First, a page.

Caring for Our Elderly when Medicare Is Gone: The State’s Bankruptcy Is the Church’s Opportunity
Here is a guest post from Wesley Strackbein:
The constant hullabaloo coming from both political parties about the impending insolvency of Social Security, Medicare, and Medicaid has real cause, insofar as these welfare programs cannot keep pace with the changing demographics in America.
Our society is fast turning into an upside-down pyramid with an enormous number of Baby Boomers about to retire with a shrinking workforce following in their wake. The factors that are fueling this perfect storm that will soon strike our land include the fact that seniors are living longer than they have in past generations; but more importantly, it has been brought on by the evil of more than 50 million abortions since Roe v. Wade, as well as the Church and broader culture’s gleeful embrace of contraception that followed the Pill’s legalization in 1960, among other factors.
Bottom line: The Baby Boomer generation valued materialism and convenience over the short time, rather than the blessing of children, even as the better part of this demographic has chosen dependency on the state as they enter their retirement years.
Soon, the jig will be up, as Medicare and Medicaid, followed by Social Security, will either go bankrupt, or the federal government will call for raising taxes substantially on our anemic workforce, or pull the lever to print more fiat money through the Fed, or borrow trillions from China or other foreign countries, or, likely, all of the above. The response that will come from the vast number of retirees on the near horizon is predictable: Our representatives in Washington will face irate seniors whose care will suffer in the twilight of their lives—a deplorable situation which will be epidemic in every region of our nation.
As bad as all this is (and it is truly bad), the fundamental answer to this self-inflicted wound is not to polish brass on the sinking ship of our failing welfare programs, a course the majority of Republican and Democratic Party leaders and major candidates routinely champion, advancing the empty promises of statist dependency.
Instead, the God-honoring solution is for Christians to make preparations now to fill the coming void. This should start by us pro-actively setting aside resources to take care of the aging in our immediate and extended families, forsaking the statist money trough; followed by us building a safety net of resources and helps beyond this (financial, medical, and home-care solutions, etc.) in conjunction with our local churches, so that we will be ready to minister to the many seniors in our communities who will need help in the future. In the proverbial years of plenty, we must plan for the financial “famine” our nation’s aging population will soon, without question, face.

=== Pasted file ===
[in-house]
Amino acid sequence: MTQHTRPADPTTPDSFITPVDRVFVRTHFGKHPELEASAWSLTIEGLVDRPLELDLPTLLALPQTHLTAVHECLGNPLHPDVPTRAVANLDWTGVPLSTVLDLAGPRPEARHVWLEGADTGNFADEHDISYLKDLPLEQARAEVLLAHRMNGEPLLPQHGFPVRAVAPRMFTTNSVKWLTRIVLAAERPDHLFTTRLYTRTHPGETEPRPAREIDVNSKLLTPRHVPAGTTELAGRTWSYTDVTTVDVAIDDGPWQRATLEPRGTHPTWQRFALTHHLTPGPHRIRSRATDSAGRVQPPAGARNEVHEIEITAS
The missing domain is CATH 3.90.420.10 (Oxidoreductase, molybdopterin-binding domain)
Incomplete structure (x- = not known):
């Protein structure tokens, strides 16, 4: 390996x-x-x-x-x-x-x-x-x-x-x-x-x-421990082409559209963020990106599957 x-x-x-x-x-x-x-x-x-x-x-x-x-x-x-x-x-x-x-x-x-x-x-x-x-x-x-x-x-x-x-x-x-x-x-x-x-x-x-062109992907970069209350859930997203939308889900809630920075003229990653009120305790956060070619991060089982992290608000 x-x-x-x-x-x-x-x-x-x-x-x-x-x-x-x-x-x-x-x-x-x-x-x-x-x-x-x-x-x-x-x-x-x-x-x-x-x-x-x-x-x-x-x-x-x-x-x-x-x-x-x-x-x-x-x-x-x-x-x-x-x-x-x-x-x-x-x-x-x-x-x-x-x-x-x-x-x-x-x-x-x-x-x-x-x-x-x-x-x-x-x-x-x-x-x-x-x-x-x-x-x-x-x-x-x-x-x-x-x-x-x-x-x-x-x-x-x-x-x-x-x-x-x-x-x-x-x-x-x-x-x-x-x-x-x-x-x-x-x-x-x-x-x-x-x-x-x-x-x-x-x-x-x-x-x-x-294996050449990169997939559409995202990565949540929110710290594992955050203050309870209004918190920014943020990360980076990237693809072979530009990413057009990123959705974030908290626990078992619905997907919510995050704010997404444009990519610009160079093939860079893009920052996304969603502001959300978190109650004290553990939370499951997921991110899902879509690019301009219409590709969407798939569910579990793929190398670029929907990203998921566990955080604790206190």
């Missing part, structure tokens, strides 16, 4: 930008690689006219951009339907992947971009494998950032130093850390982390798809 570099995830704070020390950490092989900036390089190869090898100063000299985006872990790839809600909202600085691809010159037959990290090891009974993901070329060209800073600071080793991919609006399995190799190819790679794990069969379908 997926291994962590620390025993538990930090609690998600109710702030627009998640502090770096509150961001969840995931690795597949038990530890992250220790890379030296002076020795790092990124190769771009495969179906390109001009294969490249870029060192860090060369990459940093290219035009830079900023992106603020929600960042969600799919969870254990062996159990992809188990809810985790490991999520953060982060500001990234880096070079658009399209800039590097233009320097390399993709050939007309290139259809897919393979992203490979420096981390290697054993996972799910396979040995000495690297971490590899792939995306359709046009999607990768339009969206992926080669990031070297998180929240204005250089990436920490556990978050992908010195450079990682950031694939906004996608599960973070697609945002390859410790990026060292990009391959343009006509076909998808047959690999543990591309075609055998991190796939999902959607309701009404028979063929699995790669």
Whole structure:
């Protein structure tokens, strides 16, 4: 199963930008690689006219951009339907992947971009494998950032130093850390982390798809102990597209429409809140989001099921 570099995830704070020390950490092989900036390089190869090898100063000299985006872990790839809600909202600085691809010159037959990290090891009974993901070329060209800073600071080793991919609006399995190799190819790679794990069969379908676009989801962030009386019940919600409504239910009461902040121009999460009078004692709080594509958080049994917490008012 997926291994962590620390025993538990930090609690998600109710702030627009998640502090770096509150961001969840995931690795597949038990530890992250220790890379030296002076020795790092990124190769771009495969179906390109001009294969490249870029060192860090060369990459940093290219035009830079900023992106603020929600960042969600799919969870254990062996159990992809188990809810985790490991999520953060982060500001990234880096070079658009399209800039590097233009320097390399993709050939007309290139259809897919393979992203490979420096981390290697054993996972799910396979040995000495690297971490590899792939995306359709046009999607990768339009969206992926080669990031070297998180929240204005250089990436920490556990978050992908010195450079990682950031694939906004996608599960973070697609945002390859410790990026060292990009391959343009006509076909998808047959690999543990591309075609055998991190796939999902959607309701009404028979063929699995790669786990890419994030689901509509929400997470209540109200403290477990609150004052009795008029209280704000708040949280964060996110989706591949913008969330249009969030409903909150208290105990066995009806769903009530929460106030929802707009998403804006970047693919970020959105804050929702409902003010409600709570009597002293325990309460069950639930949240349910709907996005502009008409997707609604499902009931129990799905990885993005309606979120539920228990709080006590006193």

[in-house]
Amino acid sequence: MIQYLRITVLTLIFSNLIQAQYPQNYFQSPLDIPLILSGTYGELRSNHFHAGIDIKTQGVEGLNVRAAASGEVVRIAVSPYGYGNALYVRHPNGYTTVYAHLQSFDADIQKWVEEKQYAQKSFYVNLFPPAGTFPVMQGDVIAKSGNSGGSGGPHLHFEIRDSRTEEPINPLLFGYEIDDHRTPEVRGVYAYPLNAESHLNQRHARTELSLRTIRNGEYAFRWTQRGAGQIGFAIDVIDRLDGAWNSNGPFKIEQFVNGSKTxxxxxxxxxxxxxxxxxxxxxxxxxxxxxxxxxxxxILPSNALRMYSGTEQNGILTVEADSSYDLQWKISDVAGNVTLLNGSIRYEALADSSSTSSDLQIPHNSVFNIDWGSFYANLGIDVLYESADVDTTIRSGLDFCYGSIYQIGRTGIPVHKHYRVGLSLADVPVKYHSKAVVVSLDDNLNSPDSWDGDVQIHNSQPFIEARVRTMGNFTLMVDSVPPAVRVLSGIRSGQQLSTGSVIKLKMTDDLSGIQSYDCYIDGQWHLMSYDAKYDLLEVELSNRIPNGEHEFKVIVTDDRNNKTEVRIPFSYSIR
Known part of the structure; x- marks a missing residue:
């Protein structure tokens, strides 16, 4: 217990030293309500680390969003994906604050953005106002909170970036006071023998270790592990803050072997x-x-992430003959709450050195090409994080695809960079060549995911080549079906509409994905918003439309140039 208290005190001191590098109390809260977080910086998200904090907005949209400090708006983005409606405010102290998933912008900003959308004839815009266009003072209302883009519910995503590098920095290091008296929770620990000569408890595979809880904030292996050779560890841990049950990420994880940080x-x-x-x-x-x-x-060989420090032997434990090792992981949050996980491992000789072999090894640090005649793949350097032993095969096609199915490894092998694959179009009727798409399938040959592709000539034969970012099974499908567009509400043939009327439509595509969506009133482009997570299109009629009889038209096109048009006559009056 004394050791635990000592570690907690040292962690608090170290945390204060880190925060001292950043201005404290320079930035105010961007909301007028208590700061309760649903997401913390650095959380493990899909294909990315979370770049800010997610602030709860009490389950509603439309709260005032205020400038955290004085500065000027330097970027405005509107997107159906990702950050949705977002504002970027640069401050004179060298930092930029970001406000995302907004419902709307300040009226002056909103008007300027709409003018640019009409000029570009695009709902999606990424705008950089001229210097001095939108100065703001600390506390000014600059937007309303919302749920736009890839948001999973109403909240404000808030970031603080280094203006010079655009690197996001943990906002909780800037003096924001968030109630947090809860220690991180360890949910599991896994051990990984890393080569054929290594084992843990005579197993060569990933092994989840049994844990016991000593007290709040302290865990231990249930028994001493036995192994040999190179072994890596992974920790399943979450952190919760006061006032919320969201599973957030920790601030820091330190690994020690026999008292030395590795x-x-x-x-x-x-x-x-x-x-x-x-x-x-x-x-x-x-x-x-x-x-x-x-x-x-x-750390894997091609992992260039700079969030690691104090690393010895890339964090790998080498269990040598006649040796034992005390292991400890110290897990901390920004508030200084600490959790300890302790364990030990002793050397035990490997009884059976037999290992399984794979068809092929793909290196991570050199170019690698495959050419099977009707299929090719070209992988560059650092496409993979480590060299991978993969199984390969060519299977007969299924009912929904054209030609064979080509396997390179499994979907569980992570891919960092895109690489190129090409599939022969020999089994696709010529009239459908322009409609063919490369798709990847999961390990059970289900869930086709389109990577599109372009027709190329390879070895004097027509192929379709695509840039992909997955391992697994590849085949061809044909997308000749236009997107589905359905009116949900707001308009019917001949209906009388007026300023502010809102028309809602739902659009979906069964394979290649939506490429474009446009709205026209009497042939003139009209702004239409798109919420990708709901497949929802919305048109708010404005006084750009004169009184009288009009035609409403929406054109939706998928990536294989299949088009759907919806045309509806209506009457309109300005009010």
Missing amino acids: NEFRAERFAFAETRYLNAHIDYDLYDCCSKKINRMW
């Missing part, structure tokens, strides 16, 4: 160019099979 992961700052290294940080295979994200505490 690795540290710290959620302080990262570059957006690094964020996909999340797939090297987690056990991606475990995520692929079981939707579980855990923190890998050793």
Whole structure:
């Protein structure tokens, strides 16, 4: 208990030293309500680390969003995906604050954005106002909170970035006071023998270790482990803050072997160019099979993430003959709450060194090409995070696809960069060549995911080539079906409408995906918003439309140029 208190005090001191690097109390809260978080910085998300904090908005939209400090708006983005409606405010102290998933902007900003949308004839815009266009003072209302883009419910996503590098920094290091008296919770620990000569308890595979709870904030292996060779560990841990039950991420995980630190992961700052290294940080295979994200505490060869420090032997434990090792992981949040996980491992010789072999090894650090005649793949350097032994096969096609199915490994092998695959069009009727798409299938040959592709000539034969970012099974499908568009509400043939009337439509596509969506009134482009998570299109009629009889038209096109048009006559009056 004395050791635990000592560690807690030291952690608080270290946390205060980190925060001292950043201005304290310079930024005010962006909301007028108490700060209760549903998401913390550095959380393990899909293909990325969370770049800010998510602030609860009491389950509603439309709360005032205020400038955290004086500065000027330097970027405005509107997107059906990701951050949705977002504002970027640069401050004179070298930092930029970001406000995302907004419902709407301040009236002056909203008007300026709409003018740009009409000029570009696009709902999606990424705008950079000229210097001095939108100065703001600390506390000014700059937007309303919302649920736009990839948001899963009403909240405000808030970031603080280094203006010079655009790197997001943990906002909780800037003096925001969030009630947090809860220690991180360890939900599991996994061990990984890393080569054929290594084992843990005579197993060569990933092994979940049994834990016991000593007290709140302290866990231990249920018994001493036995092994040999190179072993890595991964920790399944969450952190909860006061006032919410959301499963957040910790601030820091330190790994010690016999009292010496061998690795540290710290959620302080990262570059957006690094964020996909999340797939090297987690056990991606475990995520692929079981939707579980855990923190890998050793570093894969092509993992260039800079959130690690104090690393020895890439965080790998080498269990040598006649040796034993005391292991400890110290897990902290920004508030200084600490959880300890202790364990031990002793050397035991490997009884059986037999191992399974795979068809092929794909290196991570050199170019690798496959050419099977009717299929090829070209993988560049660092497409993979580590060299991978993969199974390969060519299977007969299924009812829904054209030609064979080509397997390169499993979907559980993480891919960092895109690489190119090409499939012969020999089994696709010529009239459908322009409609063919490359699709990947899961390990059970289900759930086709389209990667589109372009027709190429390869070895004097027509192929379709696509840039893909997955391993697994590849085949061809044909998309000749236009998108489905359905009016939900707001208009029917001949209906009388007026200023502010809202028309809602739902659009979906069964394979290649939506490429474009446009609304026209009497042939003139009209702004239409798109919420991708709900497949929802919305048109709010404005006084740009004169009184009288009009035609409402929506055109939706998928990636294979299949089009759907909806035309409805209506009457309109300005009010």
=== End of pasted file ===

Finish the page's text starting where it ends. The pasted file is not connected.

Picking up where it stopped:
When the social welfare house of cards propped up by our federal government comes tumbling down, the Church of Jesus Christ should be prepared and ready to step in and offer hope to the elderly. In fact, this crisis may prove to be one of the greatest ministry opportunities the Church in America has been given in generations, if we will only begin planning now to seize the day when the great storm hits us with all its fury.
In describing our ministry duties in contrast to statist solutions, R.J. Rushdoony has wisely observed: “It is individuals and families who suffer most from tyranny, and it is they who must be zealous for freedom by providing social financing which will meet the needs God requires us to meet without creating a power state.”
Regrettably, our nation has, on the whole, already taken the “power state[’s]” slavish bait concerning care for the elderly. The time is now for us to zealously break free from this pernicious dependency and to actively cultivate alternative hopeful “social financing” and other helps on the family and local level “which will meet the needs” of our aging seniors.
May God give us the vision, heart, and determination to pursue such a course.
Wesley Strackbein has worked with Vision Forum since 1998, handling media relations, marketing, and a variety of other roles for the ministry. He has served as producer on multiple film projects, including The Mysterious Islands; and has edited numerous books, including John Calvin: Man of the Millennium. Wesley has a passion to be a faithful family man and churchman, and to help equip the Body of Christ to thrive in our day by following the Scripture’s all-sufficient directives for godly living.
 R.J. Rushdoony, The Institutes of Biblical Law: The Intent of the Law, Vol. III (Vallecito, CA: Ross House Books, 1999), p. 14.